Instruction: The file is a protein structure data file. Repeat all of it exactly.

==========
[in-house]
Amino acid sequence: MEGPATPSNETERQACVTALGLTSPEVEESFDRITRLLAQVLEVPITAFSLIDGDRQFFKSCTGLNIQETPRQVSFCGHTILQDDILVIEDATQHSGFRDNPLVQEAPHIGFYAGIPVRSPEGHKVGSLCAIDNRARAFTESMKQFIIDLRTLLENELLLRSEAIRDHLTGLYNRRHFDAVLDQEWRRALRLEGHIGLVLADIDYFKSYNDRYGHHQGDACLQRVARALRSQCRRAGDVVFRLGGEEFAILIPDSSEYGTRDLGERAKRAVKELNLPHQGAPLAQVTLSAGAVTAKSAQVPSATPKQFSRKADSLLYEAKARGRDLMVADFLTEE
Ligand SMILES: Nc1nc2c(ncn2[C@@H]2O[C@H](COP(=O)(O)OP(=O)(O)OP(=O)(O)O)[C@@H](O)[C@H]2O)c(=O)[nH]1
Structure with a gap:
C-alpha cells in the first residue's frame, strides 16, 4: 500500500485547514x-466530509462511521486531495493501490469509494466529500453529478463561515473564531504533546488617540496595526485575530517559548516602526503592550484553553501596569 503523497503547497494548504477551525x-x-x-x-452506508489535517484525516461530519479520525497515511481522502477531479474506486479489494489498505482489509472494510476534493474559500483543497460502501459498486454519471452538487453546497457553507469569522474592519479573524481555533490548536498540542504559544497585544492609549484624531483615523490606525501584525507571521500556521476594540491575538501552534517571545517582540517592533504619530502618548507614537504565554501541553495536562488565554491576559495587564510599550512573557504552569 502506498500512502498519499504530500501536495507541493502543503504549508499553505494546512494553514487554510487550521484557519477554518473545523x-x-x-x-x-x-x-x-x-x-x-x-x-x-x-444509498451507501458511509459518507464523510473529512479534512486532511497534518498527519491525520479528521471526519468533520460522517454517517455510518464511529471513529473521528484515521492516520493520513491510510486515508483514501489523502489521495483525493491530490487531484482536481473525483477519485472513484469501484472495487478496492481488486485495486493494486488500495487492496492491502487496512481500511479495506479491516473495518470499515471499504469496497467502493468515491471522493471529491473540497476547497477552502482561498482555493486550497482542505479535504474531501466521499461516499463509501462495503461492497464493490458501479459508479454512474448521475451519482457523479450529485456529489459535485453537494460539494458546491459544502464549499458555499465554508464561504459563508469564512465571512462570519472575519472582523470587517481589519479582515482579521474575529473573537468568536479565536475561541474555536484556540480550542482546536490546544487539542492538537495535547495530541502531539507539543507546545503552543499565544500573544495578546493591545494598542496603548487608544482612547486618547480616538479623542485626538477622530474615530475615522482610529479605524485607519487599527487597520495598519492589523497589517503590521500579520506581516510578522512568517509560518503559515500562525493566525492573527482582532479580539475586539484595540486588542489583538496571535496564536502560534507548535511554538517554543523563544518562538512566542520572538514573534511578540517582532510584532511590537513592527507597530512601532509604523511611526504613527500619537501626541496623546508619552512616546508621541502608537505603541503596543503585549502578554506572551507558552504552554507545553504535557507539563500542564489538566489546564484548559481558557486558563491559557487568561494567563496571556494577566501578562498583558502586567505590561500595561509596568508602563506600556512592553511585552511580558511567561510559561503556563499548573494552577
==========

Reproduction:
[in-house]
Amino acid sequence: MEGPATPSNETERQACVTALGLTSPEVEESFDRITRLLAQVLEVPITAFSLIDGDRQFFKSCTGLNIQETPRQVSFCGHTILQDDILVIEDATQHSGFRDNPLVQEAPHIGFYAGIPVRSPEGHKVGSLCAIDNRARAFTESMKQFIIDLRTLLENELLLRSEAIRDHLTGLYNRRHFDAVLDQEWRRALRLEGHIGLVLADIDYFKSYNDRYGHHQGDACLQRVARALRSQCRRAGDVVFRLGGEEFAILIPDSSEYGTRDLGERAKRAVKELNLPHQGAPLAQVTLSAGAVTAKSAQVPSATPKQFSRKADSLLYEAKARGRDLMVADFLTEE
Ligand SMILES: Nc1nc2c(ncn2[C@@H]2O[C@H](COP(=O)(O)OP(=O)(O)OP(=O)(O)O)[C@@H](O)[C@H]2O)c(=O)[nH]1
Structure with a gap:
C-alpha cells in the first residue's frame, strides 16, 4: 500500500485547514x-466530509462511521486531495493501490469509494466529500453529478463561515473564531504533546488617540496595526485575530517559548516602526503592550484553553501596569 503523497503547497494548504477551525x-x-x-x-452506508489535517484525516461530519479520525497515511481522502477531479474506486479489494489498505482489509472494510476534493474559500483543497460502501459498486454519471452538487453546497457553507469569522474592519479573524481555533490548536498540542504559544497585544492609549484624531483615523490606525501584525507571521500556521476594540491575538501552534517571545517582540517592533504619530502618548507614537504565554501541553495536562488565554491576559495587564510599550512573557504552569 502506498500512502498519499504530500501536495507541493502543503504549508499553505494546512494553514487554510487550521484557519477554518473545523x-x-x-x-x-x-x-x-x-x-x-x-x-x-x-444509498451507501458511509459518507464523510473529512479534512486532511497534518498527519491525520479528521471526519468533520460522517454517517455510518464511529471513529473521528484515521492516520493520513491510510486515508483514501489523502489521495483525493491530490487531484482536481473525483477519485472513484469501484472495487478496492481488486485495486493494486488500495487492496492491502487496512481500511479495506479491516473495518470499515471499504469496497467502493468515491471522493471529491473540497476547497477552502482561498482555493486550497482542505479535504474531501466521499461516499463509501462495503461492497464493490458501479459508479454512474448521475451519482457523479450529485456529489459535485453537494460539494458546491459544502464549499458555499465554508464561504459563508469564512465571512462570519472575519472582523470587517481589519479582515482579521474575529473573537468568536479565536475561541474555536484556540480550542482546536490546544487539542492538537495535547495530541502531539507539543507546545503552543499565544500573544495578546493591545494598542496603548487608544482612547486618547480616538479623542485626538477622530474615530475615522482610529479605524485607519487599527487597520495598519492589523497589517503590521500579520506581516510578522512568517509560518503559515500562525493566525492573527482582532479580539475586539484595540486588542489583538496571535496564536502560534507548535511554538517554543523563544518562538512566542520572538514573534511578540517582532510584532511590537513592527507597530512601532509604523511611526504613527500619537501626541496623546508619552512616546508621541502608537505603541503596543503585549502578554506572551507558552504552554507545553504535557507539563500542564489538566489546564484548559481558557486558563491559557487568561494567563496571556494577566501578562498583558502586567505590561500595561509596568508602563506600556512592553511585552511580558511567561510559561503556563499548573494552577